|dc.description.abstract||Most psychophysical studies in manual material handling (MMH) have paid more attention to two-handed MMH activities than to one-handed MMH activities. Also, studies have been involved only with single MMH activities - lifting, lowering, carrying, holding, pushing or pulling. Some studies have examined the capacities of two-handed combined MMH activities. However, the capacities for combinations of one-handed MMH activities (lifting a box, then carrying the box, and lowering the box), especially repetitive tasks, have never been examined, although these kinds of combined one-handed tasks are very common in normal life and in industry. The objective of this study was to find the psychophysical and physiological responses of human subjects from a simulated industrial task involving one-handed and two-handed combined tasks and to develop prediction models for one-handed and two-handed combined tasks.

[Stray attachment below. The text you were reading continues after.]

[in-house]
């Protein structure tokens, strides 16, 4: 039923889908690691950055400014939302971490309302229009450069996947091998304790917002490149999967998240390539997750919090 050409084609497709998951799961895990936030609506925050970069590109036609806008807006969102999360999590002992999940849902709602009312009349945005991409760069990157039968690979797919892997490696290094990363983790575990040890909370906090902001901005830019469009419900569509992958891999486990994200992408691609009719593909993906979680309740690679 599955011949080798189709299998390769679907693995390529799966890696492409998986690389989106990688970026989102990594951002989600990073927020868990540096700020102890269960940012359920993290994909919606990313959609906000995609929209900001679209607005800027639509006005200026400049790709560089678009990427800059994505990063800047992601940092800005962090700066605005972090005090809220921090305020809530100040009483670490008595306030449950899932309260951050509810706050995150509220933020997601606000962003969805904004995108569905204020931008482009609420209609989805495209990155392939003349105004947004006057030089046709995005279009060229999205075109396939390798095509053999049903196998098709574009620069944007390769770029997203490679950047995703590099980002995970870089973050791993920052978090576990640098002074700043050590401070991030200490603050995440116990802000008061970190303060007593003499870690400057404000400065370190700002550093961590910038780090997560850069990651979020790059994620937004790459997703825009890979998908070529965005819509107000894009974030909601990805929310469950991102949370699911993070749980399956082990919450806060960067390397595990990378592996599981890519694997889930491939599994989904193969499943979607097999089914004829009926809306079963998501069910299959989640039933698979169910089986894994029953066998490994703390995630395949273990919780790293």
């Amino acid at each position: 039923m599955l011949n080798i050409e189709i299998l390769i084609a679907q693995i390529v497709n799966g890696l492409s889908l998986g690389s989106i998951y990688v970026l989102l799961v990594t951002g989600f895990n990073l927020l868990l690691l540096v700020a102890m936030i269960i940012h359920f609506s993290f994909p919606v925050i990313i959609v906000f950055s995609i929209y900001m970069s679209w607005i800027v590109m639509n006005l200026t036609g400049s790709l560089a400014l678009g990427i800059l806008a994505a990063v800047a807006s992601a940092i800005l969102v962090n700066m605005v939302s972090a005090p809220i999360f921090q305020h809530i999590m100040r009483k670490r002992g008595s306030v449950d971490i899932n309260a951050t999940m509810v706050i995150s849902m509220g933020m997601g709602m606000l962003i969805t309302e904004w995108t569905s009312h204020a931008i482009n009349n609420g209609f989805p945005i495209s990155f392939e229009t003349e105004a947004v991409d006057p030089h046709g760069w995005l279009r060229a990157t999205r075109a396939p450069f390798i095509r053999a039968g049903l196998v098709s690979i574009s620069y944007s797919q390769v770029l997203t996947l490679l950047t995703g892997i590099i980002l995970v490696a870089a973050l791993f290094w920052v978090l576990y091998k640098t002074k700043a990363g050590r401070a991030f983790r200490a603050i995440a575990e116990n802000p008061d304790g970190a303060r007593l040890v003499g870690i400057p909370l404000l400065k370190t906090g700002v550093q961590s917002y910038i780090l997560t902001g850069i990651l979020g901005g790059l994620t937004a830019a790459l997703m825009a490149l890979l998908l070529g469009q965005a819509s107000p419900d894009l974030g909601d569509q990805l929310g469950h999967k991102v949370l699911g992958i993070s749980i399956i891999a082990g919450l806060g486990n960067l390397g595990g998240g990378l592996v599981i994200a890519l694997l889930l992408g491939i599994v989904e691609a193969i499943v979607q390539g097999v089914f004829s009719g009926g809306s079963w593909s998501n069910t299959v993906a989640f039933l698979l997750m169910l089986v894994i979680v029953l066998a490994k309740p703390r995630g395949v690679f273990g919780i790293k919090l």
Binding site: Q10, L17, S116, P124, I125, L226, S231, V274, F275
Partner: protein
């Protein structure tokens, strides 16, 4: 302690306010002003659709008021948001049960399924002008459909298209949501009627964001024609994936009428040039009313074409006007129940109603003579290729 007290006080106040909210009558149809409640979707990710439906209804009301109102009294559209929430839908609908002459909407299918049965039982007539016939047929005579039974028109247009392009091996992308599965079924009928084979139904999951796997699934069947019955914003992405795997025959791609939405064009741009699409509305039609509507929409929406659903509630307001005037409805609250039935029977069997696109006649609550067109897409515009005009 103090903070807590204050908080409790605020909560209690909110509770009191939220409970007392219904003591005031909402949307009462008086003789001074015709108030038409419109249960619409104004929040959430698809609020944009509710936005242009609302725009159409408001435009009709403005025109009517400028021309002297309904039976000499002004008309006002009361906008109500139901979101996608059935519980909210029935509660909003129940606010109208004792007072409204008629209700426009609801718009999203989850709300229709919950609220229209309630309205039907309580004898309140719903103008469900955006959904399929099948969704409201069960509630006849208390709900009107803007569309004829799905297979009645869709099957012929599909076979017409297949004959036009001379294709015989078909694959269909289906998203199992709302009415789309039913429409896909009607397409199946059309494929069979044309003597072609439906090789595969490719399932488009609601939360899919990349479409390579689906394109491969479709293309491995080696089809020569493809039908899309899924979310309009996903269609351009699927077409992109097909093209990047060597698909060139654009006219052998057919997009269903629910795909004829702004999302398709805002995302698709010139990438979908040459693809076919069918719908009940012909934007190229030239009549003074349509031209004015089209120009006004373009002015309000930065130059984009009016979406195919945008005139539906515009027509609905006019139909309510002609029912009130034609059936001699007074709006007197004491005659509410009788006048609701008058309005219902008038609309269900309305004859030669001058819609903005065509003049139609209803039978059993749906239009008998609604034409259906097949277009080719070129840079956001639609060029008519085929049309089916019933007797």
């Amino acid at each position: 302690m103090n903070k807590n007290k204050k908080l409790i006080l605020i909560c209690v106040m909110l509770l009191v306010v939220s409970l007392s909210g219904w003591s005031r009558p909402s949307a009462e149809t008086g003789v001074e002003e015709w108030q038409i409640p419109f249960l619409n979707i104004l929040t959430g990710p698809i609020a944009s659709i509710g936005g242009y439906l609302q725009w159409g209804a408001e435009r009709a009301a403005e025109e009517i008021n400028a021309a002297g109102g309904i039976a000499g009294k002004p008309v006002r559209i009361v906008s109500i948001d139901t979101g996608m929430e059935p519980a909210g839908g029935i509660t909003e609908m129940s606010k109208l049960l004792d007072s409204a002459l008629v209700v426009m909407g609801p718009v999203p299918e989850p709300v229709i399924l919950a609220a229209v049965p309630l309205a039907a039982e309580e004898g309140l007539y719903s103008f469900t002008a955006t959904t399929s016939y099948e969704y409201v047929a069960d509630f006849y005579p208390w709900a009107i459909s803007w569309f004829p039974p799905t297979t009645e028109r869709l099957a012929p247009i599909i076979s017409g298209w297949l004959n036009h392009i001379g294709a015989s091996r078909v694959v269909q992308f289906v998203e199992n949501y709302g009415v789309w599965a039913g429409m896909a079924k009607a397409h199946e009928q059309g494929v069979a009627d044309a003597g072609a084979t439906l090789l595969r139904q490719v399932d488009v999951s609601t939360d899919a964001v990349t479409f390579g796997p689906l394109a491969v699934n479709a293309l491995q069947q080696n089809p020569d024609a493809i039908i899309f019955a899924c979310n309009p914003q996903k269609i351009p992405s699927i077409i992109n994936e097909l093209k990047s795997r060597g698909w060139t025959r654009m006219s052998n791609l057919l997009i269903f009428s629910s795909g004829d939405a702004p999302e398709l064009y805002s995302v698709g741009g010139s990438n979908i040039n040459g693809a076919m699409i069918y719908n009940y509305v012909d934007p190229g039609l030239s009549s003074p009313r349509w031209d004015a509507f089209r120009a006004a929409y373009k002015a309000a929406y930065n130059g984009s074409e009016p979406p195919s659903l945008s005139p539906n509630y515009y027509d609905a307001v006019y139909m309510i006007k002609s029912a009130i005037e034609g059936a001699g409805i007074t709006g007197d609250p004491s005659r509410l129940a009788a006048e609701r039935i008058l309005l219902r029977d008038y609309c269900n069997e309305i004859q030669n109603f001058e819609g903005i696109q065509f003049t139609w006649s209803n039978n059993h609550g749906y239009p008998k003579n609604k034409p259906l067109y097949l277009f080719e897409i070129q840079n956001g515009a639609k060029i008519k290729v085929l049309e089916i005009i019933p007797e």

Ten male students participated in the experiment. Capacities were determined as the maximum acceptable weight workload for a 1 hr work period for one-handed and two-handed combined tasks: lifting a box from floor-to-knuckle height, carrying the box for 4.3 m, and lowering the box from knuckle-to-floor height. Individual capacities were determined psychophysically under three frequencies: six handlings per minute, one handling per minute and one handling per five minutes. In addition to the maximum acceptable weight, heart rate, tasking time and RPE values for the whole body, the arm, and the back were also measured as responses and statistically analyzed.||